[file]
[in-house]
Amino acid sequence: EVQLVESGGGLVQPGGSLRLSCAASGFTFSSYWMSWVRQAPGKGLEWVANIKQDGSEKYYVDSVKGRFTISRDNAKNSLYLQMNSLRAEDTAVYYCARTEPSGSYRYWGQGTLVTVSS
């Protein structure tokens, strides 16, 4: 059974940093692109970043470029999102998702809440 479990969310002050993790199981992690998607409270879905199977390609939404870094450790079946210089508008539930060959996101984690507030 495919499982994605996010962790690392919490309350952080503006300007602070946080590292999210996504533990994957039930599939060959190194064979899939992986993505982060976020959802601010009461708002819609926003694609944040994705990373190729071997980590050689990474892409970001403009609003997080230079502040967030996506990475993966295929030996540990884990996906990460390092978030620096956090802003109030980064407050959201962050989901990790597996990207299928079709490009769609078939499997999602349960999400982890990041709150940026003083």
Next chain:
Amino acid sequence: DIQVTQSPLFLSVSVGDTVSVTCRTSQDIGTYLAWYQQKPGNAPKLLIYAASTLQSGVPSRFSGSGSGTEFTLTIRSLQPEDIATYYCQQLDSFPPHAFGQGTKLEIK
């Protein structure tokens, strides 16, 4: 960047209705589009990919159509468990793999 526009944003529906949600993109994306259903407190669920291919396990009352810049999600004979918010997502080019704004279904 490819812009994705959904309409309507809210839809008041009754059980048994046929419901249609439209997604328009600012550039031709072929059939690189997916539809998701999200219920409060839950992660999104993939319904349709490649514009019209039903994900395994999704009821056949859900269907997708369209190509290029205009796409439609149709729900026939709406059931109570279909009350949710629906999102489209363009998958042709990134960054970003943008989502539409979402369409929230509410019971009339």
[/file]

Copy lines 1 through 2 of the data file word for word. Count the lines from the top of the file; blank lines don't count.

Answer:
[in-house]
Amino acid sequence: EVQLVESGGGLVQPGGSLRLSCAASGFTFSSYWMSWVRQAPGKGLEWVANIKQDGSEKYYVDSVKGRFTISRDNAKNSLYLQMNSLRAEDTAVYYCARTEPSGSYRYWGQGTLVTVSS